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Car Sense

What to Know About Winter Car Washes

It’s hardly a secret that winter does a number on your car. One of the biggest culprits: road salt.

While road salt is effective for keeping the roads safe, it has the opposite effect on your car. Road salt creates chemical reactions that cause corrosion—with fuel lines and brakes being the most susceptible to damage.

Winter car washes

While you may skip them because it’s nearly impossible to keep a car looking clean in winter, weekly car washes really are a must if you live in a cold-weather climate. In addition to a simple spray down, it’s also worth investing in a wash that cleans the undercarriage of your car at least every few weeks.

There’s just one caveat: Skip the wash if the temperature is below 30 degrees. Water that hits your car when the air is too cold could lead door handles and locks to freeze shut. Also, even if the temperature is above freezing during winter, it’s a good idea to thoroughly dry your car before you drive off. Road salt will stick to a wet car, undoing the benefits of the car wash.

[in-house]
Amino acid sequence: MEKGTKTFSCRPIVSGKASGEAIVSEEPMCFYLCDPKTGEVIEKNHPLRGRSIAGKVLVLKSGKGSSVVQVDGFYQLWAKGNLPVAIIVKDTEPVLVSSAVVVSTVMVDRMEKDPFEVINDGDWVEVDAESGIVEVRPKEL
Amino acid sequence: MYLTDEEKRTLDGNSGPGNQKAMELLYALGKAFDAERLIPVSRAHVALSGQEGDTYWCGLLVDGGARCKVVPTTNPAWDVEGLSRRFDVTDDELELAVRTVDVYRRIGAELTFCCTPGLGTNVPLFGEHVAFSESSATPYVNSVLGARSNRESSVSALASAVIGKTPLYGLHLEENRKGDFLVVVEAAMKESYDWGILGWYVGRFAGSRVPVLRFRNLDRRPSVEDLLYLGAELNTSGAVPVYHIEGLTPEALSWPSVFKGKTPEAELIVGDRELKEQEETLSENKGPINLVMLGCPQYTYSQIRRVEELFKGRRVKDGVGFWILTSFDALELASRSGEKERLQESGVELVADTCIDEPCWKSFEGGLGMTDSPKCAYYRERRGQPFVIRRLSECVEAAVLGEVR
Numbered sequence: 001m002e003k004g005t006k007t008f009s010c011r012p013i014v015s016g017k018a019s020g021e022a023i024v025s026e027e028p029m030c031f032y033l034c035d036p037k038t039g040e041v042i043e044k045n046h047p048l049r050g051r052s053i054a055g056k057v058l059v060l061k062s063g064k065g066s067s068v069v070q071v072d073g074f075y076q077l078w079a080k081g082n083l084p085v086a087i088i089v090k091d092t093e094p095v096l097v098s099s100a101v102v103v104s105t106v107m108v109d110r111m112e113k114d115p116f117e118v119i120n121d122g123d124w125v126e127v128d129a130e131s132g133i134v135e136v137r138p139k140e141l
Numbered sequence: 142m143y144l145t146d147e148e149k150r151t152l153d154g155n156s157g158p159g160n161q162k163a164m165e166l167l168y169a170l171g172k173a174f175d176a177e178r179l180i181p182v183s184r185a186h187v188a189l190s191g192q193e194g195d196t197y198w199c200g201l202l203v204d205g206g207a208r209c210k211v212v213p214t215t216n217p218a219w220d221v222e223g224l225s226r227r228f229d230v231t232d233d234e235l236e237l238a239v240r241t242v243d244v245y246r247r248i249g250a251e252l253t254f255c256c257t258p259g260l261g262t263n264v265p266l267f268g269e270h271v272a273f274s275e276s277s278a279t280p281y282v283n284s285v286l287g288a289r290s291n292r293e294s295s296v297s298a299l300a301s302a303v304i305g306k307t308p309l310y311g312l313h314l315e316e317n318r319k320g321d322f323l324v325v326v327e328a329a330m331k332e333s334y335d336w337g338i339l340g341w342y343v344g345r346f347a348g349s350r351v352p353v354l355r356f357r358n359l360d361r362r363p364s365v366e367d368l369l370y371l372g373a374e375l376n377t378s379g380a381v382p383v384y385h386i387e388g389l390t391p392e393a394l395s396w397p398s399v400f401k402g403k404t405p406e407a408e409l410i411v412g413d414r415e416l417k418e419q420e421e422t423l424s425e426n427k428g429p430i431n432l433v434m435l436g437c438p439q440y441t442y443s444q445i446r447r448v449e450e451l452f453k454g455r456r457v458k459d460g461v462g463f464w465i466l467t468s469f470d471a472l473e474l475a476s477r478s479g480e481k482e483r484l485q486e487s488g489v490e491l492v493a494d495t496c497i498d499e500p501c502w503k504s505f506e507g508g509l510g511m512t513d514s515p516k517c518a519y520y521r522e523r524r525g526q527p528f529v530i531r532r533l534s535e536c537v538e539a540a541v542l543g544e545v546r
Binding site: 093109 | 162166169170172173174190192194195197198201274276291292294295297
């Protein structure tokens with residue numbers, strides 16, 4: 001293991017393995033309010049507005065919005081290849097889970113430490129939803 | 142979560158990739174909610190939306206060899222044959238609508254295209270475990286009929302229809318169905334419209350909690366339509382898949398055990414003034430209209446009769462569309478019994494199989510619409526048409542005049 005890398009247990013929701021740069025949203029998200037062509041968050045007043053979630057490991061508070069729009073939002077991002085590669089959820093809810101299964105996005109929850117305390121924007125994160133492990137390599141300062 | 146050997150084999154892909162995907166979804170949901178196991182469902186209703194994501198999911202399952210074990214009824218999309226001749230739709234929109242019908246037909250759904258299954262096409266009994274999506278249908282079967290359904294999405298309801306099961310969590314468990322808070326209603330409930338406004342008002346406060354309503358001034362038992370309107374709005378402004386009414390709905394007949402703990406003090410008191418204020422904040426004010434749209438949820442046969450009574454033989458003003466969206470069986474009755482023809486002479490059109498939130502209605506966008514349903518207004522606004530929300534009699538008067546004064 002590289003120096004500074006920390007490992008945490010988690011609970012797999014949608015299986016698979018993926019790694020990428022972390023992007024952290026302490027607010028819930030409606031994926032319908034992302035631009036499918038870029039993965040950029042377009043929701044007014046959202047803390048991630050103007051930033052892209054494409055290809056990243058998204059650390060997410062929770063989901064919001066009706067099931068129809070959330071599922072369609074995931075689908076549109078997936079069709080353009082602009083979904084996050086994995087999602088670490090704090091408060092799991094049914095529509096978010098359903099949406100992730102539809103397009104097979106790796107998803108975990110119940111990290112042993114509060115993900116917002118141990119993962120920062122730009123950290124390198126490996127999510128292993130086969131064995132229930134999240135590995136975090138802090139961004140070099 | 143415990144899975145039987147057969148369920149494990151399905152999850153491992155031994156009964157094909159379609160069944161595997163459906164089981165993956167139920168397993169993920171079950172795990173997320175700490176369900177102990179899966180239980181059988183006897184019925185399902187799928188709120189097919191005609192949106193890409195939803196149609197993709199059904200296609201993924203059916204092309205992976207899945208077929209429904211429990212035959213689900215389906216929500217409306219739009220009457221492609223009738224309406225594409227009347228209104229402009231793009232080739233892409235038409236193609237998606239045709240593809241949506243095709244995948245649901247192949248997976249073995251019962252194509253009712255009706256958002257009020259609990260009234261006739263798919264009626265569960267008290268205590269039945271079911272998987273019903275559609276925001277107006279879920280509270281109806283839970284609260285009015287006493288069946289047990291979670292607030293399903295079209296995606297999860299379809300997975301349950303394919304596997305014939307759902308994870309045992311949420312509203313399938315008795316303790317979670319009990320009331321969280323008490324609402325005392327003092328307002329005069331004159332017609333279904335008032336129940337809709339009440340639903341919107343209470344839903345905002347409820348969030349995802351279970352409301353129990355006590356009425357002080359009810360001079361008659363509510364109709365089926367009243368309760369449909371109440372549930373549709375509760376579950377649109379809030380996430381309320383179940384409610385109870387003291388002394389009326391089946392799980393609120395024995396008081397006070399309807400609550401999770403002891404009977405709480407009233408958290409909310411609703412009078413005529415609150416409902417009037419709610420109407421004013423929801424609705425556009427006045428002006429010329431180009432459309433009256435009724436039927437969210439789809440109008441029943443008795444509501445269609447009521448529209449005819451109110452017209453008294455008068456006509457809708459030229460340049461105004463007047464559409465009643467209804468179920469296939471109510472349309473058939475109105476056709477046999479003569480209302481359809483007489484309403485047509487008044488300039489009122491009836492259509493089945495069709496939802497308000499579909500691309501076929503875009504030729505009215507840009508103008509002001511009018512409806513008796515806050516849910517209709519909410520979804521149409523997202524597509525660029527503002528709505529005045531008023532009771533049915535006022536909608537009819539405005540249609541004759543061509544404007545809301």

Winter car waxes

A protective layer of car wax can help protect your car from road salt. Ideally, you’ll want to get your car waxed before winter arrives. If you waited too long, you can still get a wax—just have the job done indoors or on a warm day of at least 50 degrees.

Spring cleaning

Spring is still a few months away. When it (finally) arrives, it’s a good idea to help your car recover from winter. Spring for an exterior detail that includes a high-pressure wash that hits your car’s undercarriage and a rust inspection which will restore your car’s luster.

Old Man Winter is no car’s friend. But with a little extra care, you can protect your car and the investment you have in it.

Are they worth it? If so, how often should you get them—and is it ever too cold to hose down? Find answers to these questions and more here. /blog/winter-car-washes Erie Insurance

ERIE® insurance products and services are provided by one or more of the following insurers: Erie Insurance Exchange, Erie Insurance Company, Erie Insurance Property & Casualty Company, Flagship City Insurance Company and Erie Family Life Insurance Company (home offices: Erie, Pennsylvania) or Erie Insurance Company of New York (home office: Rochester, New York).  The companies within the Erie Insurance Group are not licensed to operate in all states. Refer to the company licensure and states of operation information.

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